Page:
Read Dragon Ball Z: Budokai Tenkaichi 2 text version

10 June 2007

By: Alexandru Stanescu, Editor, Gaming Reviews (Consoles)

Dragon Ball Z: Budokai Tenkaichi 2

The best anime-based title around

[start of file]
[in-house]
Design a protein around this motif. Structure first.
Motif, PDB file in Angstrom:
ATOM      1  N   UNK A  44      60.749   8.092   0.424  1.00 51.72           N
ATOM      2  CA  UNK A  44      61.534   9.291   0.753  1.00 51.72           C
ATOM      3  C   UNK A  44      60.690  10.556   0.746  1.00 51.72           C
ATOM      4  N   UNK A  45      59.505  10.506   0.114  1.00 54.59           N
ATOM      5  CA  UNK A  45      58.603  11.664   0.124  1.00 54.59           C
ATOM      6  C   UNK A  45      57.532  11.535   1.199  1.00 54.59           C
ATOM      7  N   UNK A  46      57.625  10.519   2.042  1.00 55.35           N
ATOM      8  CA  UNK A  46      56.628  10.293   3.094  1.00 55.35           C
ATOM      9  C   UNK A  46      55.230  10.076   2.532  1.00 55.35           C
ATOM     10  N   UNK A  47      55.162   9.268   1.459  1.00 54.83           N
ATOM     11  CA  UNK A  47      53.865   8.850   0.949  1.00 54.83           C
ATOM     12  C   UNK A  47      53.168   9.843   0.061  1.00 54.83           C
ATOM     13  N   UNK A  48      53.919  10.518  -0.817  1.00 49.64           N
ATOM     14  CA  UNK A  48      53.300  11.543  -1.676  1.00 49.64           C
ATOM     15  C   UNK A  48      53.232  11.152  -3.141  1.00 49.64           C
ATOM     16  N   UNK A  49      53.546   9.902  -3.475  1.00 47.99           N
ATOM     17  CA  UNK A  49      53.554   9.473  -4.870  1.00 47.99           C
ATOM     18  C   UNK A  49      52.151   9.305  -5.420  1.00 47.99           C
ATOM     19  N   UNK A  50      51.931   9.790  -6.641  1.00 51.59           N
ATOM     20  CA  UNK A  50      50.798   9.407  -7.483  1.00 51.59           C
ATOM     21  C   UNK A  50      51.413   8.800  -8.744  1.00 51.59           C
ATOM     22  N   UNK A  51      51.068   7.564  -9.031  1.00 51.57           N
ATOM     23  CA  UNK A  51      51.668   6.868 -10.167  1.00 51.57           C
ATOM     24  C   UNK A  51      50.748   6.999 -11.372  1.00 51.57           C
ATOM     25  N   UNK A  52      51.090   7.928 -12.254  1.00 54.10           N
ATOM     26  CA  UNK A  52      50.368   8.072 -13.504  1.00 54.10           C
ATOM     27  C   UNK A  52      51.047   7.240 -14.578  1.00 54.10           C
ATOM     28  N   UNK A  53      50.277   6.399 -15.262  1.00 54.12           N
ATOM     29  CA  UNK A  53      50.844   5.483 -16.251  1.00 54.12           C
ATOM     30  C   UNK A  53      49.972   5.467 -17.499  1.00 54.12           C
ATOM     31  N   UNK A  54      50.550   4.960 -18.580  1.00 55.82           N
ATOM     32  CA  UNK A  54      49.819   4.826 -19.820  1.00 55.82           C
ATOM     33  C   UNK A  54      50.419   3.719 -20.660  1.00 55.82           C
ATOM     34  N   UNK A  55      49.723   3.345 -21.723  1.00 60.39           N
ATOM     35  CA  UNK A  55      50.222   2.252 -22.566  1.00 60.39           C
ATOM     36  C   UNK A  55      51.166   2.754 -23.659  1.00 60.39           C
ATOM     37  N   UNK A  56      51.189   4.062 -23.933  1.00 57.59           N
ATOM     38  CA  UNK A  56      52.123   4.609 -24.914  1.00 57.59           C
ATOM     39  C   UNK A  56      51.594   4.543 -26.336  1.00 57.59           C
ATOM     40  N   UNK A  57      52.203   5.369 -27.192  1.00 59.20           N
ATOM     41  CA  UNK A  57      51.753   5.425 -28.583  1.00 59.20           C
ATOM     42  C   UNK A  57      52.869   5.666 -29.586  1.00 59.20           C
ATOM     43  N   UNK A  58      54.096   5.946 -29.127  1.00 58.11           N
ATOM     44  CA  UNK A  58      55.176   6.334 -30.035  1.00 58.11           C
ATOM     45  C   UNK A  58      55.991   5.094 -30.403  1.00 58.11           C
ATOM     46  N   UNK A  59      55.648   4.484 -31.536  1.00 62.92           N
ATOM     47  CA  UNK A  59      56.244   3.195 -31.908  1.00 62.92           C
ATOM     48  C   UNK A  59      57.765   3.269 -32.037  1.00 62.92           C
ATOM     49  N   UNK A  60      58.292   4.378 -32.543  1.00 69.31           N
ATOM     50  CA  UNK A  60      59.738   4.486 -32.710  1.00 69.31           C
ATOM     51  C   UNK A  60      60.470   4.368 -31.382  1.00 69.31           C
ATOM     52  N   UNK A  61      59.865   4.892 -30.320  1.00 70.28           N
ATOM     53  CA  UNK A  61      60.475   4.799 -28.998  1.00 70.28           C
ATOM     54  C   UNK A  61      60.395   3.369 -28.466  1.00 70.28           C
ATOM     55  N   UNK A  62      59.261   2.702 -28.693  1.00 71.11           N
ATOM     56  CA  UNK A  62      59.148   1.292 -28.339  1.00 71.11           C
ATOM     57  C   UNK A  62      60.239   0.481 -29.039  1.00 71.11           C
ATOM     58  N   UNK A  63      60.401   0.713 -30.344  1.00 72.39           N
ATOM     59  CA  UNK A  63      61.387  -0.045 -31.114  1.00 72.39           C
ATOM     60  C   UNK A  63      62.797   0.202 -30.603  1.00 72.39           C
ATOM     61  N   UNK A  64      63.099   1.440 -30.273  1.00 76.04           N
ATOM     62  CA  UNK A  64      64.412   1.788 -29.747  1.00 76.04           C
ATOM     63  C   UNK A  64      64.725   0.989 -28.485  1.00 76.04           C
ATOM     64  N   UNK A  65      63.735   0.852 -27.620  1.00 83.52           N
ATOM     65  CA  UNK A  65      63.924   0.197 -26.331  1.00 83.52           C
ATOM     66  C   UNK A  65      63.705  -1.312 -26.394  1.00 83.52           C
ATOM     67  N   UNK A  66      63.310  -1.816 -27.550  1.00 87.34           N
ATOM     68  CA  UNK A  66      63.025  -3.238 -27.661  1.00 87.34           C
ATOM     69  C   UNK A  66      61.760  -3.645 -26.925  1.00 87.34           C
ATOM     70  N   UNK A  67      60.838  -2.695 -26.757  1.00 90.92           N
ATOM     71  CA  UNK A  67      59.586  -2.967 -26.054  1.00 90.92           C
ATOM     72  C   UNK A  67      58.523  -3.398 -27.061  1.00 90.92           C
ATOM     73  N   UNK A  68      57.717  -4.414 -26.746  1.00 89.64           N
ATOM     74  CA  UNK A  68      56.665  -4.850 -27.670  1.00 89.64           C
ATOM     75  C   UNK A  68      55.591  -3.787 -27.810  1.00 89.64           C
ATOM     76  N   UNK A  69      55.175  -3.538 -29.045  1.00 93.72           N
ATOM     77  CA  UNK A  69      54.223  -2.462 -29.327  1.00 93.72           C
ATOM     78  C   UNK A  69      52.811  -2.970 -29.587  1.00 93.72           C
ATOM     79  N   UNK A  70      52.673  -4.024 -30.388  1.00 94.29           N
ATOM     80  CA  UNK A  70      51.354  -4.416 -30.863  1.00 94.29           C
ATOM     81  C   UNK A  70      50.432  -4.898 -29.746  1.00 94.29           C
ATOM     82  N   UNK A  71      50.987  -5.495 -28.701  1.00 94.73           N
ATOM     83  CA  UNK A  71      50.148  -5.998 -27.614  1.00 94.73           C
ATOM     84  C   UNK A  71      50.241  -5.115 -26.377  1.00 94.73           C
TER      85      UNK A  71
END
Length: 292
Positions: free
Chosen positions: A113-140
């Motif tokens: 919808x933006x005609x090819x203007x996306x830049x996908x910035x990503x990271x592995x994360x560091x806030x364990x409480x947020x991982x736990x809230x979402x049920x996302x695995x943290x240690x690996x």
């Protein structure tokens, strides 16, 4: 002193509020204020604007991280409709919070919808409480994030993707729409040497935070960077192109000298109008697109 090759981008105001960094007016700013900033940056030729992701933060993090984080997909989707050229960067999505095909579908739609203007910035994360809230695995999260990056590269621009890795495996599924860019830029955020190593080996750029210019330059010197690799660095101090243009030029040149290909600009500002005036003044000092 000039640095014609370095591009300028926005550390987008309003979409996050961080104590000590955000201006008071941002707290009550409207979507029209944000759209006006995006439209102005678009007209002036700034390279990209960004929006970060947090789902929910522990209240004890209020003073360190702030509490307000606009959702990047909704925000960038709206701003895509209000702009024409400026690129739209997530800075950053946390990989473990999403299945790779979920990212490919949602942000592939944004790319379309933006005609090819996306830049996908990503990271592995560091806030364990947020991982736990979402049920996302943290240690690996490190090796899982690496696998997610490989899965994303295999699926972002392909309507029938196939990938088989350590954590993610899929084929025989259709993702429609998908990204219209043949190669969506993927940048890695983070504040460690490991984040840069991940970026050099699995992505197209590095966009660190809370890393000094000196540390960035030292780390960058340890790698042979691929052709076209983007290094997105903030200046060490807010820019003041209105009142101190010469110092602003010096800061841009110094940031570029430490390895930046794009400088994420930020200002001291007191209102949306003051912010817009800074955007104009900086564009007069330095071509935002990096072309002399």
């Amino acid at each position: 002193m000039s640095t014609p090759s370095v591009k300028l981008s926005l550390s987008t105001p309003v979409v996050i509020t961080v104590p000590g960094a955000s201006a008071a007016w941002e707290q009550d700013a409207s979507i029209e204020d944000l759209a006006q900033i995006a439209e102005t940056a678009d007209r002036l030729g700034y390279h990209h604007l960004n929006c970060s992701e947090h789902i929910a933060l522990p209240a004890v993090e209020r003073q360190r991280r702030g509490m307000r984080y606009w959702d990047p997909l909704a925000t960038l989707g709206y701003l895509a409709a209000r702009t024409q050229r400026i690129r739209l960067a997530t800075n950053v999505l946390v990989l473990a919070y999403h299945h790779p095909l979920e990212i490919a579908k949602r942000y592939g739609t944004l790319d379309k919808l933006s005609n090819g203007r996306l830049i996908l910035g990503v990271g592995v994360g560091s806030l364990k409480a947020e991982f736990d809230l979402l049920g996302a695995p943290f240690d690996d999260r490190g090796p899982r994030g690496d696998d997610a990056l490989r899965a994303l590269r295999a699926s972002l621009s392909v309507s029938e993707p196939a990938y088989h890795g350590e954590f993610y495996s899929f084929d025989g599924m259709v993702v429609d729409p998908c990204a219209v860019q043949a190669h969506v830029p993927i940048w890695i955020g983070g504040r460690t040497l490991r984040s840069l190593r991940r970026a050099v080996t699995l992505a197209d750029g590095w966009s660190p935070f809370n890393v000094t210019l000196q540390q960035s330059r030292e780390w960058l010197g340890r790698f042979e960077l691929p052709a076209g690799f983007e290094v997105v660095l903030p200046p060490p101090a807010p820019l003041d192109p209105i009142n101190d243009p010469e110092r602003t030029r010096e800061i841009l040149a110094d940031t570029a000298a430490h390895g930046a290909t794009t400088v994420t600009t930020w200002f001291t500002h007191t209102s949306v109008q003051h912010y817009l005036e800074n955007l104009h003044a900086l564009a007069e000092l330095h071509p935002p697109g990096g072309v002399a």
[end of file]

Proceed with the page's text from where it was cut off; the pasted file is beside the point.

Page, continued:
Releasing a game that doesn't make justice to the best and most famous anime series would be a real shame. Well, there are some fans that are pretty sure Pokemon is the best anime, but there are millions of anime-watchers that will always try to be home when another episode of Dragon Ball Z starts. That being said, Dragon Ball Z: Budokai Tenkaichi 2 is not only a game, but also a possibility to rediscover the DBZ universe and take part in the action you've been watching for the past years. Featuring Goku and company, the game offers a unique experience of fast-paced combat, anime-style graphics and the whole storyline of the huge saga. When you're a producer trying to make this sort of game, it's a relief to see that there is no need to throw in some extra eye-candy, because the fans will always be looking for the same good old cartoonish graphics, instead of some a-la-Final Fantasy cutscenes. StoryDragon Ball Z: Budokai Tenkaichi 2 gives you a change to take part in the plots of the famous Dragon Ball, Dragon Ball Z and Dragon Ball GT series, by playing the Dragon Adventure Mode. You'll see Goku get killed by Raditz and his son being trained by Piccolo, then Goku's revenge against Raditz, the arrival of Vegeta on Earth and the great Saiyan battles. If you've watched the entire show, it will be great to finally take part in the gigantic storyline and destroy a couple of baddies or make a few characters evolve to Super Saiyans. See the warriors train, grow up, die, get resurrected, fight each other, create alliances, destroy foes, train their offsprings, die again, on an on like in the anime. The feeling's great, specially because the game's not all about fighting, focusing both on the story and the characters' personalities and development. Concept Right from the start you're introduced to the DBZ world with a great FMV and welcomed by a colorful menu, where there's the option of changing the music by pressing the R1 or L1 buttons in some sections. The game features 129 playable characters and if you're a hardcore DBZ fan you'll probably love to play with Goku, Gohan, Goten, Piccolo, Raditz, Vegeta, Trunks and many others, available in their multiple Saiyan and baby versions. If you want to roam around the famous anime universe, I suggest you start playing the Dragon Adventure Mode, or the story mode of this game. You'll fly around the Earth and space performing all sorts of quests involving battles and ability-related achievements. The story events will always be mentioned, so that you know what are goals are, but keep an eye out, as there are also hidden story events that can award you with tons of items. Budokai Tenkaichi 2's interface and looks clearly show that this is a product designed for the kids and DBZ fans. That doesn't necessarily mean that you're dealing with an easy game and you'll have a pretty hard time leveling up. Also, in Dragon Adventure Mode, while flying around, you'll find new quests and challenges, earning Zeni (the official DBZ currency) and Z-items. The Zeni can be used at the local item shop, that sells 4 types of items: ability type, support type, fusion type and secret type. Those can increase a character's ki, attack, defense, speed, number of equipment slots, blast and ultimate blast. After you're done shopping, the items must be placed in their slots in order to be used, in a way that resembles a bit Final Fantasy's ability assignment system. There are lots of locations to visit, used as pretexts to fight, shop for items or start new quests. Some of the most famous places you'll visit are Baba's Palace, Southern Capital, Kame House, Eastern Capital and many many more. In case you've had enough toying around with the story mode, there's also the Ultimate Battle Z Mode, that is in fact a fun ranking challenge that allows you to fight rivals throughout the DBZ world. You'll start a "course" that consists of several battles and once you win them all, you'll get a couple of rare items. After each battle points are awarded for the max combo, max damage, battle time and they're all summed up for a total rank. Another fun to play mode is the